A new role for culture

Although this research doesn't directly relate to eating disorders, it did make me think.

Scientists at MIT's Institute of Brain Research asked either East Asian people or those raised in America or other Western cultures to solve two different types of problems: one set involved making objective judgements, and one involved making subjective judgements. The researchers hypothesized that people from East Asia -- whose culture emphasizes working together and "taking one for the team" -- would do better at making subjective judgements. Americans, on the other hand, who are taught to value independence, would do better at making objective judgements.

And all evidence points to that hypothesis being true.

The point of this research isn't just that people from different cultures are better at solving different problems. That doesn't seem particularly earth shattering. Indeed, the significance of the research was that the brains of the participants actually functioned differently.

Culture, then, can rewire your brain.

This study didn't examine food or body image in the slightest, so I don't want to make too many conclusions. Yet, if culture can alter brain function, it makes me wonder: how does living in a food-phobic, diet-philic culture change the way we think?

Some of the ways it changes our thinking seems less permanent. We're more willing to tolerate, even encourage, too low of a body weight, even in a recovering anorexic. A large child seems to reflect poorly on a parent.* And while most parents don't want a malnourished child, many parents and physicians are willing to settle on a low body weight.

Not only that, but we get used to seeing people- women and men- who have unrealistic body shapes and sizes. So while we may tell ourselves that "most women don't look like that," we become used to seeing it. And so it may take longer for people to recognize there is a problem.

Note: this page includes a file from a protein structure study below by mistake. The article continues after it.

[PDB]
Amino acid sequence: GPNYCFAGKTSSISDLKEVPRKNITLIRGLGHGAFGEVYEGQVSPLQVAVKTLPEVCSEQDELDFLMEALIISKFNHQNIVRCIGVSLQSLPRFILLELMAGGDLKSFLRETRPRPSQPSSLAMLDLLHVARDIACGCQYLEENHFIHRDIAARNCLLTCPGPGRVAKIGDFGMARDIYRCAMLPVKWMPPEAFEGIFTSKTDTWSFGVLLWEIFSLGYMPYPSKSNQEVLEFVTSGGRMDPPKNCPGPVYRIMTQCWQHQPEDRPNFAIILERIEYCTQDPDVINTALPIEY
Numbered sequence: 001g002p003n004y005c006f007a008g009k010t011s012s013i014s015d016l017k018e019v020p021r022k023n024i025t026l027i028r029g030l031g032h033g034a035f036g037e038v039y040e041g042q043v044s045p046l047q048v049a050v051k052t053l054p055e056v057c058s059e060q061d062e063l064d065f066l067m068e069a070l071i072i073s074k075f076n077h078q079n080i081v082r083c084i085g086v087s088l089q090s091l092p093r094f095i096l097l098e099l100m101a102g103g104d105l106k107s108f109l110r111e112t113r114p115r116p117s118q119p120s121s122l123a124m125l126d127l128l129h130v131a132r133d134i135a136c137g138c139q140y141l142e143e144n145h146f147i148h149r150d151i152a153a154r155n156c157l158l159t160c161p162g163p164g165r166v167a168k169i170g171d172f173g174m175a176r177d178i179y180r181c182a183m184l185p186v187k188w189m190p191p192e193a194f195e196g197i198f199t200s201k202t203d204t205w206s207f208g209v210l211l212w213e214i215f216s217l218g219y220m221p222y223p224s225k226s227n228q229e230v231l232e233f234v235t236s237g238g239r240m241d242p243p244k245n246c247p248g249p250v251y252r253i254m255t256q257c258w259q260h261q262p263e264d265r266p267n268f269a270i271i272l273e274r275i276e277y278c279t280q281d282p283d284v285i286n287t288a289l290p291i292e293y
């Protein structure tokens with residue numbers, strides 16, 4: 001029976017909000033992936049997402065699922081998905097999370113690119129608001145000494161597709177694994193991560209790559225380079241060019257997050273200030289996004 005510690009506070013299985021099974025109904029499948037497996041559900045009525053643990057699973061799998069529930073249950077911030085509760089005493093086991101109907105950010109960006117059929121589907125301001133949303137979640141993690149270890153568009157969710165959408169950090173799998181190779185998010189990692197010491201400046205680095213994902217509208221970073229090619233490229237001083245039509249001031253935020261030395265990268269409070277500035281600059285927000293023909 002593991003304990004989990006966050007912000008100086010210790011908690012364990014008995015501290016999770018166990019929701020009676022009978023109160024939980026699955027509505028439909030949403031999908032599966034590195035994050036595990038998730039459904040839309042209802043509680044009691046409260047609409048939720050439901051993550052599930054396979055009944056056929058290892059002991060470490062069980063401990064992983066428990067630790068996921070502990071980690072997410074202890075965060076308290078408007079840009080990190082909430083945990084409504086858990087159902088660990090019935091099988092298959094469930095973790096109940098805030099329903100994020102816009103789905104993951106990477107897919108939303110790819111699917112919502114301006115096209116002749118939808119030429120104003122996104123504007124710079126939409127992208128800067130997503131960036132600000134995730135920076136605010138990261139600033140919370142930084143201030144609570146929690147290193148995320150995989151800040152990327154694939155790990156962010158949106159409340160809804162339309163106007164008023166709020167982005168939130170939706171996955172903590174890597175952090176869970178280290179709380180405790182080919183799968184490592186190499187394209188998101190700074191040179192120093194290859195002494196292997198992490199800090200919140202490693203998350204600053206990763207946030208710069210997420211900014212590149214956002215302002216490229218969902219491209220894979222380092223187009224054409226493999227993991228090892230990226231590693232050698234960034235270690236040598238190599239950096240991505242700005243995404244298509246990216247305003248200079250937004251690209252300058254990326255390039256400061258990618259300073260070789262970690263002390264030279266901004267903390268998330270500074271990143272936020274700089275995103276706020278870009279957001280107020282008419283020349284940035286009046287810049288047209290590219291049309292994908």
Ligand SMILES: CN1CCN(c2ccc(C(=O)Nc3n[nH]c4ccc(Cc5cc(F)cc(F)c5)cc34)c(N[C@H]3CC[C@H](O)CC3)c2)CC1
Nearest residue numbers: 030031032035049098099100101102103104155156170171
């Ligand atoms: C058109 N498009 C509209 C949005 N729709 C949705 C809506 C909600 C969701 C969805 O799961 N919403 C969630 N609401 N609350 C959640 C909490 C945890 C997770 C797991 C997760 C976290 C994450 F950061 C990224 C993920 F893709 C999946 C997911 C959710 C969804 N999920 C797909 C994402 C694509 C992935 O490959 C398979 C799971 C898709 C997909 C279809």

Everyone is dieting, we say. Body obsession is normal. He'll snap out of it. She just wants to look like insert-name-of-latest-celebrity-basket-case-here. We see pictures of people who are anorexic all the time.

I also think people are re-trained as to what is an acceptable amount of food for a person to eat. Jokes abound as to how much a teenage boy needs to eat. A teen girl may need less than a teen boy (on average), but her needs, too, go up. Dieting puts her at risk for iron deficiencies and lower IQs.

Even now, my nutritional needs are far greater than most of the people around me. It's hard to deal with. But maybe I don't eat huge amounts. Maybe a lot of the people around me aren't eating enough. Maybe no one knows what a proper meal is.

Kind of makes you think.

*Granted, most therapists think the parents of an anorexic child are somehow flawed as well. Kind of a no-win situation, no?

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Sarah said...

This is really interesting !

Welcome home, Carrie!


Lucy said...

It is interesting, thank you.

I agree, I don't know a single woman who eats in a 'normal' manner (equivalent to the way many of my male friends eat). It's always talk of 'x calories in this', 'x grams of fat in this', 'this is really healthy', 'don't eat too many of those!'. Etc. It goes on and on. How on earth is anybody with an ed supposed to maintain a grip on normal eating when everyone around them is totally obsessed with food and weight aswell? I find this is especially bad after Christmas when everyone decides to simultaneously go on a diet; it seems to be just what one does.

I tend to eat with my male friends, who don't care at all. It helps me maintain at least some of my sanity when I'm struggling.

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I'm a science writer, a jewelry design artist, a bookworm, a complete geek, and mom to a wonderful kitty. I am also recovering from a decade-plus battle with anorexia nervosa. I believe that complete recovery is possible, and that the first step along that path is full nutrition.

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Have any questions or comments about this blog? Feel free to email me at carrie@edbites.com

nour·ish: (v); to sustain with food or nutriment; supply with what is necessary for life, health, and growth; to cherish, foster, keep alive; to strengthen, build up, or promote


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